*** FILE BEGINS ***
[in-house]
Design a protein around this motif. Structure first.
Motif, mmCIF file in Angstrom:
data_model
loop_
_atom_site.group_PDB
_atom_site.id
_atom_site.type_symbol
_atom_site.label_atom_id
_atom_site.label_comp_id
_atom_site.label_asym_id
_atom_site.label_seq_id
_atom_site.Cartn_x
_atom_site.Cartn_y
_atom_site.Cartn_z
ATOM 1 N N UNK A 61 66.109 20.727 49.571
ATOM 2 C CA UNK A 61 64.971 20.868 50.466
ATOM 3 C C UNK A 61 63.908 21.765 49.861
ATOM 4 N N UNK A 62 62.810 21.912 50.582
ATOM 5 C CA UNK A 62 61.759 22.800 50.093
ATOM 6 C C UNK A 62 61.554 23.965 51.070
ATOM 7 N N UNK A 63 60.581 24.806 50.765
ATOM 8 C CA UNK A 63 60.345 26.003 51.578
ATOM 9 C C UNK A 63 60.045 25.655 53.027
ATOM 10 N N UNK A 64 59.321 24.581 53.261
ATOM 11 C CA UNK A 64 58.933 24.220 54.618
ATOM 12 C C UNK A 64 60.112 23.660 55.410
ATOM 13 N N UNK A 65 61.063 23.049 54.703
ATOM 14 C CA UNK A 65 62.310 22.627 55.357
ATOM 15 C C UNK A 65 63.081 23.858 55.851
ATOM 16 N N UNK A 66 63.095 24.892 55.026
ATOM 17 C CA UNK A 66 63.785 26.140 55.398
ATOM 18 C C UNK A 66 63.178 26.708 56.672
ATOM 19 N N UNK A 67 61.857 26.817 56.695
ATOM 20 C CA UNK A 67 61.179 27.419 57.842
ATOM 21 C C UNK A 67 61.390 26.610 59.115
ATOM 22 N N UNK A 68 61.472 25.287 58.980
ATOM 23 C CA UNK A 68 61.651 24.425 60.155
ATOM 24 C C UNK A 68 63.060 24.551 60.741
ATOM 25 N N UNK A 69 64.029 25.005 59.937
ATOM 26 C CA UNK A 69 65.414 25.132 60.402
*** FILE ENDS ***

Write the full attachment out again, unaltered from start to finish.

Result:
[in-house]
Design a protein around this motif. Structure first.
Motif, mmCIF file in Angstrom:
data_model
loop_
_atom_site.group_PDB
_atom_site.id
_atom_site.type_symbol
_atom_site.label_atom_id
_atom_site.label_comp_id
_atom_site.label_asym_id
_atom_site.label_seq_id
_atom_site.Cartn_x
_atom_site.Cartn_y
_atom_site.Cartn_z
ATOM 1 N N UNK A 61 66.109 20.727 49.571
ATOM 2 C CA UNK A 61 64.971 20.868 50.466
ATOM 3 C C UNK A 61 63.908 21.765 49.861
ATOM 4 N N UNK A 62 62.810 21.912 50.582
ATOM 5 C CA UNK A 62 61.759 22.800 50.093
ATOM 6 C C UNK A 62 61.554 23.965 51.070
ATOM 7 N N UNK A 63 60.581 24.806 50.765
ATOM 8 C CA UNK A 63 60.345 26.003 51.578
ATOM 9 C C UNK A 63 60.045 25.655 53.027
ATOM 10 N N UNK A 64 59.321 24.581 53.261
ATOM 11 C CA UNK A 64 58.933 24.220 54.618
ATOM 12 C C UNK A 64 60.112 23.660 55.410
ATOM 13 N N UNK A 65 61.063 23.049 54.703
ATOM 14 C CA UNK A 65 62.310 22.627 55.357
ATOM 15 C C UNK A 65 63.081 23.858 55.851
ATOM 16 N N UNK A 66 63.095 24.892 55.026
ATOM 17 C CA UNK A 66 63.785 26.140 55.398
ATOM 18 C C UNK A 66 63.178 26.708 56.672
ATOM 19 N N UNK A 67 61.857 26.817 56.695
ATOM 20 C CA UNK A 67 61.179 27.419 57.842
ATOM 21 C C UNK A 67 61.390 26.610 59.115
ATOM 22 N N UNK A 68 61.472 25.287 58.980
ATOM 23 C CA UNK A 68 61.651 24.425 60.155
ATOM 24 C C UNK A 68 63.060 24.551 60.741
ATOM 25 N N UNK A 69 64.029 25.005 59.937
ATOM 26 C CA UNK A 69 65.414 25.132 60.402